A Mind to Murder, P D James, Random House, 1963, 256 pp
P D James's second Adam Dalgliesh mystery was published in 1963 and so is on the 1963 list for My Big Fat Reading Project. Only three weeks earlier I had read Sylvia Plath's The Bell Jar, making it a bit of a shock (pun intended) to open A Mind to Murder and find it set in a London psychiatric clinic. In between the electric shock and LSD treatments as well as psychiatric "talk therapy" sessions, the administrator of the clinic is murdered in the basement amid a confusion of scattered patient files.
This reader's personal tastes were confirmed: P D James is hands down a superior mystery writer to Agatha Christie. (I know there are many readers who would not agree with me, but it is what it is.) Right out of the gate she sets up the rivalries and tension between the various therapists, the nurses and secretaries, and the victim. Miss Bolam had been nearly universally disliked by all the staff, giving Inspector Dalgliesh a knotty problem as he tried to single out the suspects. Every doctor had an alibi while the rest had some issue with their boss.
As the investigation proceeds, Ms James also writes scenes with the various characters interacting while not in the Inspector's presence. Quite soon the reader comes to know all these people and what is going on in their personal lives. I felt like I was doing my own work to figure out who done it and that made the reading even more enjoyable.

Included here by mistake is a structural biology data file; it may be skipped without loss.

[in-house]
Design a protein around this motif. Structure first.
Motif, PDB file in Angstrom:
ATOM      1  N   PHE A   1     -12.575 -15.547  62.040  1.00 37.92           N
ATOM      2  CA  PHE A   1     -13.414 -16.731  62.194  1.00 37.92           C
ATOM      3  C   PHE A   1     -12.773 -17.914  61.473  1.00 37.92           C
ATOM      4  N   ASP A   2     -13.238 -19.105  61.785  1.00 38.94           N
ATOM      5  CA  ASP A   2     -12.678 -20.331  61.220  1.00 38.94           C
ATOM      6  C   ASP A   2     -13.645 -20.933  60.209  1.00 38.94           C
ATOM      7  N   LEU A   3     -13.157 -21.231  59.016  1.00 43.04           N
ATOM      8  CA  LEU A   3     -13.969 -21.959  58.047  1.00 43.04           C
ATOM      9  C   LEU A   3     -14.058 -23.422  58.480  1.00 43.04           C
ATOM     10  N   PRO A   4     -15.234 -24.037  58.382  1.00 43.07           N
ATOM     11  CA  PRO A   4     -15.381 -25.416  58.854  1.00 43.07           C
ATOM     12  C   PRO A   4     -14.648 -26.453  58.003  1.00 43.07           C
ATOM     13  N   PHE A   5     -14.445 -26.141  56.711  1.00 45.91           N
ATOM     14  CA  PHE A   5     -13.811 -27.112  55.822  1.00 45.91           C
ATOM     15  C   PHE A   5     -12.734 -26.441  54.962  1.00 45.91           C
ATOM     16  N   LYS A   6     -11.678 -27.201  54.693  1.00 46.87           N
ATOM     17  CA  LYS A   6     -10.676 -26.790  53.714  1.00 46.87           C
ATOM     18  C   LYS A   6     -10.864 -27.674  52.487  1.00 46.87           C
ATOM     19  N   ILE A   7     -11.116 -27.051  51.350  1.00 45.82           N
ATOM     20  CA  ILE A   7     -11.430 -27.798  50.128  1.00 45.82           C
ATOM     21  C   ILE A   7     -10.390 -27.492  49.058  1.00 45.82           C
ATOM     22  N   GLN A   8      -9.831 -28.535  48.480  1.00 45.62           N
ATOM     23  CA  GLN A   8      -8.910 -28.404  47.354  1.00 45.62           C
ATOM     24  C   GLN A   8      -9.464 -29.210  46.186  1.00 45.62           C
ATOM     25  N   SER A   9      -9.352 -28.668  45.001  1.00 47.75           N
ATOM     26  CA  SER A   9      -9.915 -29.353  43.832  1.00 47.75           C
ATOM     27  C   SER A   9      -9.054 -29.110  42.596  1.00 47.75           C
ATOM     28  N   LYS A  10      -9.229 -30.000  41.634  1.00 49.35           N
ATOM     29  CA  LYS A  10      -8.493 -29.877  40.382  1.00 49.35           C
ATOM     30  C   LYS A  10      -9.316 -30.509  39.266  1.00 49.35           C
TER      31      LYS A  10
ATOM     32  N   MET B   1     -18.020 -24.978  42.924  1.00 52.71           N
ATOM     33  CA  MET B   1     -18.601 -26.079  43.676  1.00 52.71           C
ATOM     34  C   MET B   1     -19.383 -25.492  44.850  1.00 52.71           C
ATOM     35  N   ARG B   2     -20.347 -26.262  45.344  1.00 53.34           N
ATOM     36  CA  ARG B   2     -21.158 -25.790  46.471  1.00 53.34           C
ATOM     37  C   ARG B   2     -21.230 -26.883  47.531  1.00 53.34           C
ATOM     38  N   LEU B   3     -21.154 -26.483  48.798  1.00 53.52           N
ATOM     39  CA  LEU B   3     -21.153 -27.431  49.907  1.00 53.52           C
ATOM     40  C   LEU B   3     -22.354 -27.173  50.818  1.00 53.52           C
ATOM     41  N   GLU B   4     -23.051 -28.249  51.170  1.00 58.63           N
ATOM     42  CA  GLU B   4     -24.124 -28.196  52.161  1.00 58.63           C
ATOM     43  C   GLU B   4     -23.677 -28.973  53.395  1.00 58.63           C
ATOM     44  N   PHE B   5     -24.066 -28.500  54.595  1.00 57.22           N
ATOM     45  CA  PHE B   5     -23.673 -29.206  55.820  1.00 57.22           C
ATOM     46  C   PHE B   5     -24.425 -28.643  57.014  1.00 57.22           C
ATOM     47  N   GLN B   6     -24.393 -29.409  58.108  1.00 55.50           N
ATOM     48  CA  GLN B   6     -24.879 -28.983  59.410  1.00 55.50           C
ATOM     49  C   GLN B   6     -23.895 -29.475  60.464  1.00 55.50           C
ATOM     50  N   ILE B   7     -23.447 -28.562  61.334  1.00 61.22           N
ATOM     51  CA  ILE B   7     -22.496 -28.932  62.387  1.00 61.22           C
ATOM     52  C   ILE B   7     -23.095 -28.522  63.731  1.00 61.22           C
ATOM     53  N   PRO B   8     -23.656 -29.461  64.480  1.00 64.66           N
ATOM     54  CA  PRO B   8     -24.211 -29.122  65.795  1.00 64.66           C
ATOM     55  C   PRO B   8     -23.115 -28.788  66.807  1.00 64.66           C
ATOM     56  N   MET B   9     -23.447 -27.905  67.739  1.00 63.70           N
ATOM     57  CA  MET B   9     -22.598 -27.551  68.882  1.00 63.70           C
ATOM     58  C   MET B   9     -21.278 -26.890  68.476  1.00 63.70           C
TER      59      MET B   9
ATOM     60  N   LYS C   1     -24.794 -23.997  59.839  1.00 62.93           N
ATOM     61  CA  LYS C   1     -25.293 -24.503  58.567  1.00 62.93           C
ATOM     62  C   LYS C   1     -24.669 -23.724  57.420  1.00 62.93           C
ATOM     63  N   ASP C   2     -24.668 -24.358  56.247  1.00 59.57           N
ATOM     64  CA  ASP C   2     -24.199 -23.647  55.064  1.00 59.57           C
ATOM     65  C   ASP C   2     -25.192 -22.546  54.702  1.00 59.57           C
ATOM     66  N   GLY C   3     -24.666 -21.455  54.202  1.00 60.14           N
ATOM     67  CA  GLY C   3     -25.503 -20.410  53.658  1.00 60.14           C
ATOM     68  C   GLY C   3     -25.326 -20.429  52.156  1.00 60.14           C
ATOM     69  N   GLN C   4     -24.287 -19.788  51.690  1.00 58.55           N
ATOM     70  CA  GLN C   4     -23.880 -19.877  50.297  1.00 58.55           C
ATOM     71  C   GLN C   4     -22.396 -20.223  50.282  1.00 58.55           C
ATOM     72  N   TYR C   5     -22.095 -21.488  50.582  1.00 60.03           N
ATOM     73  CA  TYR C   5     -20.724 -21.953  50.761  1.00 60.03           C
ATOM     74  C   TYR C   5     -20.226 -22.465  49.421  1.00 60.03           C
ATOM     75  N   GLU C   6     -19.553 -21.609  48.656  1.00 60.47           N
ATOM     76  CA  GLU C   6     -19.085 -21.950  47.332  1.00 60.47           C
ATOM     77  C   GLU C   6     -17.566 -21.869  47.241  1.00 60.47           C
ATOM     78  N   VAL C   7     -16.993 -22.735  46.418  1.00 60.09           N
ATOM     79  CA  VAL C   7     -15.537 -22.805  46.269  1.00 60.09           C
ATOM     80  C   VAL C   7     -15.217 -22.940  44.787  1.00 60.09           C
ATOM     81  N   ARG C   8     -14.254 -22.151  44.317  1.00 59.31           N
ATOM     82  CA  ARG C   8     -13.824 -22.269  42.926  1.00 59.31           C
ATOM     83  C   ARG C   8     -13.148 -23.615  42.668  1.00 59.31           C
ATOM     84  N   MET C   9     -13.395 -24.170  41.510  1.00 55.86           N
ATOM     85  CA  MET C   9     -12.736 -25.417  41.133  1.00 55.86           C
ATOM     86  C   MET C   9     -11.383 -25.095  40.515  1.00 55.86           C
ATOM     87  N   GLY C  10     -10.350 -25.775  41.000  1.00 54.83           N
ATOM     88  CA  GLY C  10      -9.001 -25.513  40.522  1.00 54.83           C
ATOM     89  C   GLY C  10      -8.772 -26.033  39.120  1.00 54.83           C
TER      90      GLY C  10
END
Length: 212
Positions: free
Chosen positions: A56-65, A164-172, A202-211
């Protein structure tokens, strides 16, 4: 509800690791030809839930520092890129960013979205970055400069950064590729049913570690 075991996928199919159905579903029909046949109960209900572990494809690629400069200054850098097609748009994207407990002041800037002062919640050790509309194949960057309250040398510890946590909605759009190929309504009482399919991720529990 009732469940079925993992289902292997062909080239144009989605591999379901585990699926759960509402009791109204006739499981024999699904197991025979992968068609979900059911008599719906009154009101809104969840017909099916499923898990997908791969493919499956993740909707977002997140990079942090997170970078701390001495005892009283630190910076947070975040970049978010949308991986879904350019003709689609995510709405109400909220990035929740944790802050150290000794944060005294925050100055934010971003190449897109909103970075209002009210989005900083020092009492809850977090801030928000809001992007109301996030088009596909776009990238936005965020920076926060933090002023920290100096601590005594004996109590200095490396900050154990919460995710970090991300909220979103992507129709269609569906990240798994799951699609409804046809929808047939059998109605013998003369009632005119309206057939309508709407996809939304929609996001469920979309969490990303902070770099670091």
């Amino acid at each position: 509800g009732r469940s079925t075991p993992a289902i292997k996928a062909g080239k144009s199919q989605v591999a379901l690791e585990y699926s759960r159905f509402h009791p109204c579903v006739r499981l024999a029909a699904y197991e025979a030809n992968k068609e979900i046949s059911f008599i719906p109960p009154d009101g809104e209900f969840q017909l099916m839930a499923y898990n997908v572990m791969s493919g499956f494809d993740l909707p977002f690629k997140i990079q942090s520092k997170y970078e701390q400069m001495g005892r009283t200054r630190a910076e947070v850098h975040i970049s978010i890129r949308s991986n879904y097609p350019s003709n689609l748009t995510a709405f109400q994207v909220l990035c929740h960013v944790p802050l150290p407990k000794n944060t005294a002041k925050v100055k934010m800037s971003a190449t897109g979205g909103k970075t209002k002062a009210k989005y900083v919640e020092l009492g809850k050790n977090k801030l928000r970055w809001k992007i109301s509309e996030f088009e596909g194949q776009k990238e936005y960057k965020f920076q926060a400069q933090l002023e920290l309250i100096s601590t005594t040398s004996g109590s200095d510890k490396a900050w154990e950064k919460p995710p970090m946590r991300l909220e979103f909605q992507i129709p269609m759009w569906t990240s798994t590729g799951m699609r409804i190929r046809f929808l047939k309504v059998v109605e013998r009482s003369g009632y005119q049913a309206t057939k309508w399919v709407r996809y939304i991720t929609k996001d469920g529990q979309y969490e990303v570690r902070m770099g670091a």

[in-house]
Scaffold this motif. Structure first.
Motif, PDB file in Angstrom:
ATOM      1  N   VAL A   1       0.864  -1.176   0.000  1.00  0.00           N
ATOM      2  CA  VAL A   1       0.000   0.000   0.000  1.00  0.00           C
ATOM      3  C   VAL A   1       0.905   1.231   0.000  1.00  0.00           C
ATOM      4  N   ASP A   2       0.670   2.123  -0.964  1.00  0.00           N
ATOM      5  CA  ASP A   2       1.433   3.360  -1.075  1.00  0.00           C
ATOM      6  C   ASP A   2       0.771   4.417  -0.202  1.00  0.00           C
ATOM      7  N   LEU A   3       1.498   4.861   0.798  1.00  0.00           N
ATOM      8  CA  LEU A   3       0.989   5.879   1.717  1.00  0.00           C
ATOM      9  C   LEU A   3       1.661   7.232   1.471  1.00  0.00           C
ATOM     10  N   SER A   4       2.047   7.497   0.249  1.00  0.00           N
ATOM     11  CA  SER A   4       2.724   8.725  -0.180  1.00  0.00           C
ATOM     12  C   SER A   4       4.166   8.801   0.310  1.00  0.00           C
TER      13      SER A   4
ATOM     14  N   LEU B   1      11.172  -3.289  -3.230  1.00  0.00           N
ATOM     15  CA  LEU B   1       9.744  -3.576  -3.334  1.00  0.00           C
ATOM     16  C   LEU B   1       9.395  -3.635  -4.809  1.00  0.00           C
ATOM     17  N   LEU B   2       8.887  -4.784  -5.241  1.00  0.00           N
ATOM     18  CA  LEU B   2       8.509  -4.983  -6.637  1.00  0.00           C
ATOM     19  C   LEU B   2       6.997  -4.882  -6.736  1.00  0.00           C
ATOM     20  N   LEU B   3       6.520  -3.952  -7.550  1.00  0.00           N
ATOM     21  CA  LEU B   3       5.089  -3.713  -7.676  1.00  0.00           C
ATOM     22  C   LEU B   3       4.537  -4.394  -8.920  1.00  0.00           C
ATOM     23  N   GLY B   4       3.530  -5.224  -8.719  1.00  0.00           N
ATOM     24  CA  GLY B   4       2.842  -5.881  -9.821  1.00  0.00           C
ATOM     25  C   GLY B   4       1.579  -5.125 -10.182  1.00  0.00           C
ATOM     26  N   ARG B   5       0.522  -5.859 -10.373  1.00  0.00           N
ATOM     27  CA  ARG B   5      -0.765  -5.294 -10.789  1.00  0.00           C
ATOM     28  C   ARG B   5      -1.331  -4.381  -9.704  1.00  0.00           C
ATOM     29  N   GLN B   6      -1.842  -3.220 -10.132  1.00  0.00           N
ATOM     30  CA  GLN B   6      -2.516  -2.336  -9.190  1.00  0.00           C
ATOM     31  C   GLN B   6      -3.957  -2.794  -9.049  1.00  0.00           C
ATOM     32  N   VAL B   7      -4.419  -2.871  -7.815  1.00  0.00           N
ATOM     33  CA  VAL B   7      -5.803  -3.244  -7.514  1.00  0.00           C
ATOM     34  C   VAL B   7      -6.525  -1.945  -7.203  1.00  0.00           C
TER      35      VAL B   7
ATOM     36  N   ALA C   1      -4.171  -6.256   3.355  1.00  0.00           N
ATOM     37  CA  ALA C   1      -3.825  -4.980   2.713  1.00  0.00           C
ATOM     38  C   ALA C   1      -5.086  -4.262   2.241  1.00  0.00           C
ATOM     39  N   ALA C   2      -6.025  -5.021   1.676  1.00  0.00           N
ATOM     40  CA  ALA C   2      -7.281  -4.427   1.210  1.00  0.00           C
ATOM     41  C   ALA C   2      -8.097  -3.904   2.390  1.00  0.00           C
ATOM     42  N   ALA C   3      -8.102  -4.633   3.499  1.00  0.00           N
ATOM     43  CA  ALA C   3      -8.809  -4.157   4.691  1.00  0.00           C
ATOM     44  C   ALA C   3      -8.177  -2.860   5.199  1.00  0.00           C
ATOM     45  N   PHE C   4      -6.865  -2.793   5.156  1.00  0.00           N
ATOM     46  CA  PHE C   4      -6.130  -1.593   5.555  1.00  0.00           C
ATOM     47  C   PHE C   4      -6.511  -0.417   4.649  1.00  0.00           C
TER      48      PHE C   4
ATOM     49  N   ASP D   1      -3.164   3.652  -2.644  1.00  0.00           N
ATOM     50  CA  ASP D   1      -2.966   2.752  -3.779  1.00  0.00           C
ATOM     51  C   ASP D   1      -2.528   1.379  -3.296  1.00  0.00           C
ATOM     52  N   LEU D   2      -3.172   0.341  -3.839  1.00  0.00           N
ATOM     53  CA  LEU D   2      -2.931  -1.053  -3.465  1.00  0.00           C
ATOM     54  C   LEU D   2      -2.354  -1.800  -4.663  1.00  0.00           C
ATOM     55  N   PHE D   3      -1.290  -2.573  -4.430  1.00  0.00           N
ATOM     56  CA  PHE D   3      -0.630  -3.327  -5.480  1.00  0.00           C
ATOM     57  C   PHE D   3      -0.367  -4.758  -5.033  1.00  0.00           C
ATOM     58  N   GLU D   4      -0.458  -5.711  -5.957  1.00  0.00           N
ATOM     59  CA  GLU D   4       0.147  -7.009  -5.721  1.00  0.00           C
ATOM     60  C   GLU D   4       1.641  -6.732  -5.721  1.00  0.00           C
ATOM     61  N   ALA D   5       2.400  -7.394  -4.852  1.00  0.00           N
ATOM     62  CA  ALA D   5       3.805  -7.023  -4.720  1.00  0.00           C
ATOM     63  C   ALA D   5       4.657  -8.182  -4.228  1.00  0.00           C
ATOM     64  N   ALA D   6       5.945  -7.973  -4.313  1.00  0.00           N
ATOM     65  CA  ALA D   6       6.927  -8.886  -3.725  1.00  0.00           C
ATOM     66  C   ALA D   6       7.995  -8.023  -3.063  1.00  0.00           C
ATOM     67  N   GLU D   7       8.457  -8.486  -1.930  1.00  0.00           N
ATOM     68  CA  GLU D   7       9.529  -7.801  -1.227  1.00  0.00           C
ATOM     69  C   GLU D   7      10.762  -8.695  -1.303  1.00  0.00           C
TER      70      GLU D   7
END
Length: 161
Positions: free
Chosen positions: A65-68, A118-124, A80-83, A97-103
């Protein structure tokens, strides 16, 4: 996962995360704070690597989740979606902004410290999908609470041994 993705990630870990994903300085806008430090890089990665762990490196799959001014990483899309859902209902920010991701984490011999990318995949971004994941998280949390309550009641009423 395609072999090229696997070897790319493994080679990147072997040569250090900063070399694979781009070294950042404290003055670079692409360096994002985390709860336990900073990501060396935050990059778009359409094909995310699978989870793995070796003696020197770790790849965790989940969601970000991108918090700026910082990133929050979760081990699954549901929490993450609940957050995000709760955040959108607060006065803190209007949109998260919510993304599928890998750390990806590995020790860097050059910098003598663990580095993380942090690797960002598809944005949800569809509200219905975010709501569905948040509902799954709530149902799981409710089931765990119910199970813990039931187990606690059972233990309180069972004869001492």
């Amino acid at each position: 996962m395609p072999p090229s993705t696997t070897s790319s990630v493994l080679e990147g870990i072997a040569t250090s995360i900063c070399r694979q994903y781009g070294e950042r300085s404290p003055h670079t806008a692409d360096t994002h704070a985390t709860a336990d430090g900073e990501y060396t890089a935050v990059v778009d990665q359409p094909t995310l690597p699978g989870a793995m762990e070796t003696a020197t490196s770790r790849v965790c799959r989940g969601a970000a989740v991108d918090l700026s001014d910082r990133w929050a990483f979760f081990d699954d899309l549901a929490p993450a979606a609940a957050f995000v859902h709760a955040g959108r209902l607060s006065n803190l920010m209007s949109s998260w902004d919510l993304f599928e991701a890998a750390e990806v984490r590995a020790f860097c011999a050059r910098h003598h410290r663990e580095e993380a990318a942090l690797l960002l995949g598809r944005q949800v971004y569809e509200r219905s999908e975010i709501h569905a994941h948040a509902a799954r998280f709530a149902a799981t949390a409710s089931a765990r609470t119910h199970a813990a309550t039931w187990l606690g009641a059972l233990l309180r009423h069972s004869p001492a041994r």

In the end however, it was Inspector Dalgliesh who found the correct line of criminal activity to follow and solved the crime in an intense series of time sensitive incidents. My only complaint was that I could not figure out what led him to follow up that particular line of inquiry and suddenly felt left out of the story where previously I had thought I was part of it.
A breach of patient confidentiality was the initial cause of events leading to the murder. That issue as well as the conflicts of opinion among the doctors about various approaches to treating mental illness, made the story resonate with current times even though it was written over 60 years ago.
The first P D James novel I read was Children of Men and I was struck by her intelligence, her insight into her characters, and her sense of social consciousness. Now that I have gone back to read her earlier books I am hooked and look forward to more of them.
(A Mind To Murder is available in paperback by order from Once Upon A Time Bookstore.)